A Quick His­tory

The lat­est word on the His­toric mo­tor rac­ing scene

Australian Muscle Car - - Muscle Sport - Chris David­son

CAMS has taken another wel­come strong stance on driver safety for 5th Cat­e­gory His­torics, by mak­ing Frontal Head Re­straints (FHR) – or HANS de­vices as they are com­monly known – manda­tory for 2015. The im­ple­men­ta­tion has been stag­gered. As of Jan­uary 2015 Her­itage Tour­ing Cars (for Group C & A), F5000, F1, Indy Car, F3000, Group C, Euro F2, For­mula Holden, and Group N all had bet­ter show up with a FHR de­vice. As of July 2015 Groups T, U and the popular S will have to com­ply. Com­peti­tors might be dis­ap­pointed with another im­posed ex­pense, but the life­sav­ing ben­e­fits of a well-fit­ted FHR have been proven re­peat­edly. Any log­i­cal step by CAMS, or any mo­tor rac­ing gov­ern­ing body, takes to­wards driver safety, should be applauded.

Spec­u­la­tion that the Her­itage Tour­ing Cars (HTC) and the VHRR, might agree to drop the Group C/A cat­e­gory from the pres­ti­gious Phillip Is­land Clas­sic’s 2015 line-up is be­com­ing stronger. With such strong support of the April 2015 Bathurst event – the grid is at ca­pac­ity – it was fore­seen by both the lure of Mount Panorama would di­lute the popular field at the PIC. HTC was sched­uled to be ‘rested’ at 2016, so an agree­ment to bring this for­ward, for the mu­tual ben­e­fit of the com­peti­tors and the fans, would be a great re­sult for all and an ex­cel­lent dis­play of co­op­er­a­tion be­tween the two groups.

A sig­nif­i­cant ex-John Goss Group C Fal­con hard­top, wear­ing the iconic Cobra liv­ery, looks set to leave a well-known Queens­land col­lec­tion for a new home, pos­si­bly in time for a Her­itage Hot Laps ap­pear­ance at the Mus­cle Car Masters. The Goss coupe was also raced by French legend Henri Pescarolo and has three Bathurst 1000 starts un­der its belt. The car will likely be race-pre­pared for a fu­ture runs in the HTC cat­e­gory.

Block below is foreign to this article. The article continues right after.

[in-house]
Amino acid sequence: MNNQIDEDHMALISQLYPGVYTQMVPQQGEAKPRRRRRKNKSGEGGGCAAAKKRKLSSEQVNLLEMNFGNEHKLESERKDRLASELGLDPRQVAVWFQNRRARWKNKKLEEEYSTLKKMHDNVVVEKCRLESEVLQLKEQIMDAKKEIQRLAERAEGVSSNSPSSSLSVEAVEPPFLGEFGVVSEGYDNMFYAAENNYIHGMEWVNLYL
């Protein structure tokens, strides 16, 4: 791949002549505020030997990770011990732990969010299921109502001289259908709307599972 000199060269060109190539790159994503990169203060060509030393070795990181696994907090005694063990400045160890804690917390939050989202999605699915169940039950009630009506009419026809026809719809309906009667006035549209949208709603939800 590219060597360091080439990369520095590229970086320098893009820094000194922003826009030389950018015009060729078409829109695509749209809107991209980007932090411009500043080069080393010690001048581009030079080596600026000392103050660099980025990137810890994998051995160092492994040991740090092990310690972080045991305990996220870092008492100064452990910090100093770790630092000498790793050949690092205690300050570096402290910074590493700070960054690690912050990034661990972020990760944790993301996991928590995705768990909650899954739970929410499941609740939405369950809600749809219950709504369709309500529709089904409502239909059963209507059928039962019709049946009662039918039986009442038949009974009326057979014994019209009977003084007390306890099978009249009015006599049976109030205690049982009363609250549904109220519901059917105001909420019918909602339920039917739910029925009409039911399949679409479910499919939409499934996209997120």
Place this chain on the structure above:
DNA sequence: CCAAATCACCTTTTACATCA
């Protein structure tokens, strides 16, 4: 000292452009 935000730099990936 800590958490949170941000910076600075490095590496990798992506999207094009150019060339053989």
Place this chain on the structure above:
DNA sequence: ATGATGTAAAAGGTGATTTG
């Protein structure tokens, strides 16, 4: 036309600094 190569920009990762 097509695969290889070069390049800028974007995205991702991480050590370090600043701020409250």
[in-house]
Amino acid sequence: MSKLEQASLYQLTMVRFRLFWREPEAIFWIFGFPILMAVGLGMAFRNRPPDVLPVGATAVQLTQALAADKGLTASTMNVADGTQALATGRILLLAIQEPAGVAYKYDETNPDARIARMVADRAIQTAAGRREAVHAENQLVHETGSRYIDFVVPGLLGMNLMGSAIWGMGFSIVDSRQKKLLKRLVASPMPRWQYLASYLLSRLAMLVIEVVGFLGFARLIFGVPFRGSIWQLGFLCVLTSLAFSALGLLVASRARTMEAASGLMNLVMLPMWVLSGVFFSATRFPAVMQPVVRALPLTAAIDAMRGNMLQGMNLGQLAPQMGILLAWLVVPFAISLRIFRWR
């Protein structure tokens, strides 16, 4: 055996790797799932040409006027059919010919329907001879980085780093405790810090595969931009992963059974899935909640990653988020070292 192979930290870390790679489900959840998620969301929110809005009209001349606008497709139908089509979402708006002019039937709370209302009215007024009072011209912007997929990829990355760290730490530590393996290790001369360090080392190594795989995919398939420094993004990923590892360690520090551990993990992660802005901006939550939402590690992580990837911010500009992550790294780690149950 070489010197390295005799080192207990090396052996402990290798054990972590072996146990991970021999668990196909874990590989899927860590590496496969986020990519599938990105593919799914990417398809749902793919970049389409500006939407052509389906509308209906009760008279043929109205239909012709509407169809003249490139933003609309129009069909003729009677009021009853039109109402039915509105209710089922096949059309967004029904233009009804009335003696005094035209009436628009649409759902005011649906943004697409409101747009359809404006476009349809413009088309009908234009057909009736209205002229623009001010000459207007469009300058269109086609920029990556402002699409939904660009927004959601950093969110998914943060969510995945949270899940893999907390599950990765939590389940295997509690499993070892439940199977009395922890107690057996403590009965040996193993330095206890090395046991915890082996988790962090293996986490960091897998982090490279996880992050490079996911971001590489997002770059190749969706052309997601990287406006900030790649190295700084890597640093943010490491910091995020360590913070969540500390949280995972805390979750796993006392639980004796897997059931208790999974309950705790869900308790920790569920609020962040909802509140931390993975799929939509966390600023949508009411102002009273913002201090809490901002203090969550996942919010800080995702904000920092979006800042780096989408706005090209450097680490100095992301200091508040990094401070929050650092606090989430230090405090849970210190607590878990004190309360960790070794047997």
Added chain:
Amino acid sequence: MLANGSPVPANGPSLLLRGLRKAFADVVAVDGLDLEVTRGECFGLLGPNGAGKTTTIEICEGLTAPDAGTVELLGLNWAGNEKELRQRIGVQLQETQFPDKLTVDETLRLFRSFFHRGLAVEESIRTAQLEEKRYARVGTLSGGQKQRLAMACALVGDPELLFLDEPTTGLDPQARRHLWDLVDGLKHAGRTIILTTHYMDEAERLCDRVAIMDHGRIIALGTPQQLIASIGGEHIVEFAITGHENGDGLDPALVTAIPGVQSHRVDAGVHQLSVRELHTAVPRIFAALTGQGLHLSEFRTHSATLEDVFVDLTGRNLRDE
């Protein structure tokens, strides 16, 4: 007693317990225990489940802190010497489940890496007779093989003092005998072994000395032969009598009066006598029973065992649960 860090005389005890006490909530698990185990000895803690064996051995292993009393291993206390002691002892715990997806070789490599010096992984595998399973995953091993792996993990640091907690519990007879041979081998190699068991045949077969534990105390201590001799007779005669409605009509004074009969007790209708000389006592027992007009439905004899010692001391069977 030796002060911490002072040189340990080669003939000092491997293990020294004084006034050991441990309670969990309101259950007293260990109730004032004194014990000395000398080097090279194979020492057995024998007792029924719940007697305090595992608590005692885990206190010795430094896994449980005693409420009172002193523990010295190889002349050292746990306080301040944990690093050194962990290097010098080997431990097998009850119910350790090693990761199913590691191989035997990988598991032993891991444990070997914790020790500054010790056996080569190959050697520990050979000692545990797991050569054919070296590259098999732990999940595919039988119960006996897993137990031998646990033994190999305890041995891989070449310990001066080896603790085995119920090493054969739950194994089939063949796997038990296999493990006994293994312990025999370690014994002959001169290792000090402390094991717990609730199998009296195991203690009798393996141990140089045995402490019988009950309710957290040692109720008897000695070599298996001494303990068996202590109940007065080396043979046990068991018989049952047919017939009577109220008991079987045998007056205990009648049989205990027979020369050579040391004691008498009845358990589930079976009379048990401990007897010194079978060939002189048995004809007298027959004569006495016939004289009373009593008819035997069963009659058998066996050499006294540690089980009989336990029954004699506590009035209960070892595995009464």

The HTC move­ment could well be swelling soon, with many Su­per Tourer own­ers look­ing for a sanc­tion­ing body to help amal­ga­mate the two-litre scream­ers. Quite a few own­ers of early V8 Su­per­cars have, in­di­vid­u­ally, ap­proached HTC chiefs, look­ing for ways to in­crease their track time and as­so­ciate with fel­low trag­ics. Most own­ers of both Su­per Tour­ers and early V8 Su­per­cars have Group C or A cars (or both in some cases) in the shed, so the po­ten­tial an­nex­ing of th­ese classes, might be seen as a log­i­cal step.

The Rolex Mon­terey Mo­tor­sports Re­union was suc­cess­fully run at Cal­i­for­nia’s leg­endary La­guna Seca race­track over Au­gust 14-17. Aussies and Ki­wis hopped across the Pa­cific en masse to watch; some even com­peted. Among them were Rus­sell Kemp­nich (Porsche 956), George Nakas (Porsche 962), Ron Good­man (Porsche 356) and Don Dim­i­tri­adis (1967 Trans-Am Shelby Mus­tang). The event was mem­o­rable, with re­ports of clean driv­ing and great rap­port with our USA cousins, fil­ter­ing back to Aus­tralia. Kemp­nich won a pres­ti­gious ‘Rolex Ex­cel­lence’ award, as did Good­man, for best pit area dis­play. It would seem that Mr Nakas, who was seen at the VHRR’s Phillip Is­land His­torics in his 962, sport­ing a ‘P Plate’, has come to grips with the Ger­man ma­chine, fin­ish­ing a very re­spectable eighth, from a field of 22 cars. Well done fel­las!

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